Show day, I’m usually up at 4am to eat, and get ready. It’s a long day, but the adrenaline keeps me from being tired as I get extremely excited for the show. Prejudging is always my favourite as the judges will move me around onstage and compare me to others. The moment I get off stage, I roughly know how I have placed. Out of my 7 competitions, I have placed in 6, so I have had a very positive experience with prejudging. Back stage I get to eat chocolate, and have carbs, in addition to pumping up backstage. With finals, decisions are already made; thus, I go out on stage and have fun with it. I don’t over think it and I enjoy doing my individual poses onstage alone since with prejudging you do not get this opportunity. The show day is a very busy day, but it’s a great day to meet people and enjoy all the hard work you put into your fitness preparation. Delayed gratification at its finest.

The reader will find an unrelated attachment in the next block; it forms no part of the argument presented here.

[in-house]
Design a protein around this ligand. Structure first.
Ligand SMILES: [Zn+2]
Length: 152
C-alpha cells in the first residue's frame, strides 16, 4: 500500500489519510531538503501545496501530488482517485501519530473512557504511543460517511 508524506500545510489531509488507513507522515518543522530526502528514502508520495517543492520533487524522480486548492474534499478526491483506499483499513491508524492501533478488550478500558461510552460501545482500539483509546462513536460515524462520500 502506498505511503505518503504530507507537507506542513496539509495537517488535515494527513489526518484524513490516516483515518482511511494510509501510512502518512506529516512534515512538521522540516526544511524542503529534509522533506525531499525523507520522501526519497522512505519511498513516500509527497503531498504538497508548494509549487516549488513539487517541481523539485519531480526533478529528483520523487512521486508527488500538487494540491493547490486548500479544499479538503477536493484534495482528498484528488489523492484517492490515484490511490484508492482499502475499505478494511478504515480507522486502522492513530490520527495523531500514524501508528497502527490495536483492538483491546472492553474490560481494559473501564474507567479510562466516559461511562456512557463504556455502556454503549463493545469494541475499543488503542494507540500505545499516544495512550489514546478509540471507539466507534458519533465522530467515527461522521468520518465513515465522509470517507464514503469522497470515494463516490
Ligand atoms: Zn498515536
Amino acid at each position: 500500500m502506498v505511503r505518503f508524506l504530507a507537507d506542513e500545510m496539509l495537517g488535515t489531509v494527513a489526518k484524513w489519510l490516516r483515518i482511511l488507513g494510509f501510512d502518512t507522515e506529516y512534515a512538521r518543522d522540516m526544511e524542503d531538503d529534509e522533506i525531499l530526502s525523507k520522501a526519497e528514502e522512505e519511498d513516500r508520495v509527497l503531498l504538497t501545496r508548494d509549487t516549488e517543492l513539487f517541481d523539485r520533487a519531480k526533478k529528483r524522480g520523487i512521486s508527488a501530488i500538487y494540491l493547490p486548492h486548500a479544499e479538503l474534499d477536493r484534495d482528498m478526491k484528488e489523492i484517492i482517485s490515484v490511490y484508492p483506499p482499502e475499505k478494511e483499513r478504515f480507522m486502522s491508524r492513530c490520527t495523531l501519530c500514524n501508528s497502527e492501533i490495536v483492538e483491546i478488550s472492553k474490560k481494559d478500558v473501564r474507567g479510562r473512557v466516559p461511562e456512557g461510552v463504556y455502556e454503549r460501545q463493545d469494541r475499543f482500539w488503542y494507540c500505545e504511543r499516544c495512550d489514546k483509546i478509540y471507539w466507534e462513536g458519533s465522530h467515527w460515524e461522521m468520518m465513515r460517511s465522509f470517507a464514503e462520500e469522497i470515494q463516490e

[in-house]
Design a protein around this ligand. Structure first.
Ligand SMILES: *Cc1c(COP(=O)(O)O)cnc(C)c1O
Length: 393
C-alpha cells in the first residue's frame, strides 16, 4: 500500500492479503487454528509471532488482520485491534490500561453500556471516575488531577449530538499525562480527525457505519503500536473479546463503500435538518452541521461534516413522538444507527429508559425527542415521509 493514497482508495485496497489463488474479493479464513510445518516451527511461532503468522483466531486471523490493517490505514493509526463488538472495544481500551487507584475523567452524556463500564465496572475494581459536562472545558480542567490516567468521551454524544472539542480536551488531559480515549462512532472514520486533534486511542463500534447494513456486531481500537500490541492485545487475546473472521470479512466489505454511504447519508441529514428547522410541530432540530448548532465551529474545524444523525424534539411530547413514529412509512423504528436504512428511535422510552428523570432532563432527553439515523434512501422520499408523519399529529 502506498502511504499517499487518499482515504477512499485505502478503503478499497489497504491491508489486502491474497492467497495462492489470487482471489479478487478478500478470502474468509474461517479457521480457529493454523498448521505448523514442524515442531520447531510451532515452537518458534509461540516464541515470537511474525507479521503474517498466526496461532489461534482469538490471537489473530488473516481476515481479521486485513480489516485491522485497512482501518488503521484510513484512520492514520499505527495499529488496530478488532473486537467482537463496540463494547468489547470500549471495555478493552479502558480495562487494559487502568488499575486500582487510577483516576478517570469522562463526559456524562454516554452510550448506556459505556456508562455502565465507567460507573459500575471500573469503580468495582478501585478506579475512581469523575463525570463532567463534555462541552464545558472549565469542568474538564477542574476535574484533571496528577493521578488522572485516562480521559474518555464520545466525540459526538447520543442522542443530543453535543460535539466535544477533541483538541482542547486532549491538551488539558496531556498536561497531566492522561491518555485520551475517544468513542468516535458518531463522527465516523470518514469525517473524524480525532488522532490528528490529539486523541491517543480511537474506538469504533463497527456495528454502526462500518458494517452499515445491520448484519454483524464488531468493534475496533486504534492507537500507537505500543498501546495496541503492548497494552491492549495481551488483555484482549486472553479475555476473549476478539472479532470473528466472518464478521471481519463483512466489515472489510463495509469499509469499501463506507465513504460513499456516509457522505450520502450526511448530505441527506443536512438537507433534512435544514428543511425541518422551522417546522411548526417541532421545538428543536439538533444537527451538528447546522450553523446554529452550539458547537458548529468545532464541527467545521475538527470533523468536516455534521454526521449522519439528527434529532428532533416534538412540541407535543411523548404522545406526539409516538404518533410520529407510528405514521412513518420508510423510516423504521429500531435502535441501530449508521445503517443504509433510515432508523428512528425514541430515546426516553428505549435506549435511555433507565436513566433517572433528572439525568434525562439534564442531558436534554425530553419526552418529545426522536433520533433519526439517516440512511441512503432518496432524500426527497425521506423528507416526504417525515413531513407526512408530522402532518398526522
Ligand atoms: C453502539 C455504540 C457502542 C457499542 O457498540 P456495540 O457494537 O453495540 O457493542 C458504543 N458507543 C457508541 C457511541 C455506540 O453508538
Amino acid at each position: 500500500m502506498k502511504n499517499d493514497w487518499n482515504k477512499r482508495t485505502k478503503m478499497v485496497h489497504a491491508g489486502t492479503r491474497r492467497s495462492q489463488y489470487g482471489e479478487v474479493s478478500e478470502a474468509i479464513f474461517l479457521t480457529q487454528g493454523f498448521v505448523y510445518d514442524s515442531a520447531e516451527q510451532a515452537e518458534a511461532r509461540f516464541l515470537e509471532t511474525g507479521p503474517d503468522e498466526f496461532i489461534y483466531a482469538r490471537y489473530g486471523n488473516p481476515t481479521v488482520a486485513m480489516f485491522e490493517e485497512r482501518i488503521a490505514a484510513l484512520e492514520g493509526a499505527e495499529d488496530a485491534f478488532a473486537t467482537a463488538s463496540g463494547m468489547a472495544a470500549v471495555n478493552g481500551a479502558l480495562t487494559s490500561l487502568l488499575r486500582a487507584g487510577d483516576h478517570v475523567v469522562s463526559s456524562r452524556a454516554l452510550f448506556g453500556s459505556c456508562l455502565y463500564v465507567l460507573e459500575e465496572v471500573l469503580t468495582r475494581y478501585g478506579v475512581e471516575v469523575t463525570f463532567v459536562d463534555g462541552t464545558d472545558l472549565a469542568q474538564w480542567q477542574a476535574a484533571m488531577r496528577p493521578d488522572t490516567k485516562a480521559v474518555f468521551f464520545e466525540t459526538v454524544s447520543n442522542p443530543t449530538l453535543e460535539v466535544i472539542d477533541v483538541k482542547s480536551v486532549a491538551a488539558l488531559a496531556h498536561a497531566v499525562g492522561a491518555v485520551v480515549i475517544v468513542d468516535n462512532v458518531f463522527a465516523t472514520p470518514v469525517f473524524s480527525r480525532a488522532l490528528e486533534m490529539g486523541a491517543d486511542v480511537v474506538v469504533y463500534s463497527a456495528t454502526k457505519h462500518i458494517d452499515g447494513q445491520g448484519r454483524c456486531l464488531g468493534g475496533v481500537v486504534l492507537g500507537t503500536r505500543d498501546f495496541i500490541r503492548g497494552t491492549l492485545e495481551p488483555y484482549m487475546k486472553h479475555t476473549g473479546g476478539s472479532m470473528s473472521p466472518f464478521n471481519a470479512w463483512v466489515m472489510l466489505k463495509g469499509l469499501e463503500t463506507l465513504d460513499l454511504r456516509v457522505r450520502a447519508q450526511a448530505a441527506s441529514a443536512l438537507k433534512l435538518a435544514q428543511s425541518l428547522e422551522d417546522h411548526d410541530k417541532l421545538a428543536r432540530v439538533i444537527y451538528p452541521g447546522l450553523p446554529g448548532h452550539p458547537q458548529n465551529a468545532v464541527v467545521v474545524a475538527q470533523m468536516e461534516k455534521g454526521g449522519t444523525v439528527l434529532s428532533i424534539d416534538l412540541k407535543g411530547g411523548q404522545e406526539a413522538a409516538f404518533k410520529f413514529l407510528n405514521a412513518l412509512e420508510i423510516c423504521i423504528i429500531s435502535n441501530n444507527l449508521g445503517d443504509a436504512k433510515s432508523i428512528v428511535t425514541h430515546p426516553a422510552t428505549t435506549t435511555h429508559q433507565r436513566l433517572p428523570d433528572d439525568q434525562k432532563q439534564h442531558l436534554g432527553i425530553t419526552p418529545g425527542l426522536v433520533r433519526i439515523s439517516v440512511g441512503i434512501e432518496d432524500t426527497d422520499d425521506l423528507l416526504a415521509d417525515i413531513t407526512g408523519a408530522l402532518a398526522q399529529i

Training at @inside_fitness @insidefitnessw during my peak week! Although the exhaustion is real - Gotta do the Work, Work, Work ?? #insidefitness #AroundTheOpa #IFM #SlammingRopesToTheBeat

A video posted by Stephanie Muzos Fitness (@stefitness_) on

Currently I am in prep for three shows this summer with the Ontario Physique Association. In 2017, I am planning on competing in nationals again and hoping to win my IFBB Pro card in the next couple of years. I recently got my personal training certification; thus, I have started training clients in Mississauga, Ontario and am looking for more to extend my brand and change lives for the better.

Stephanie Muzos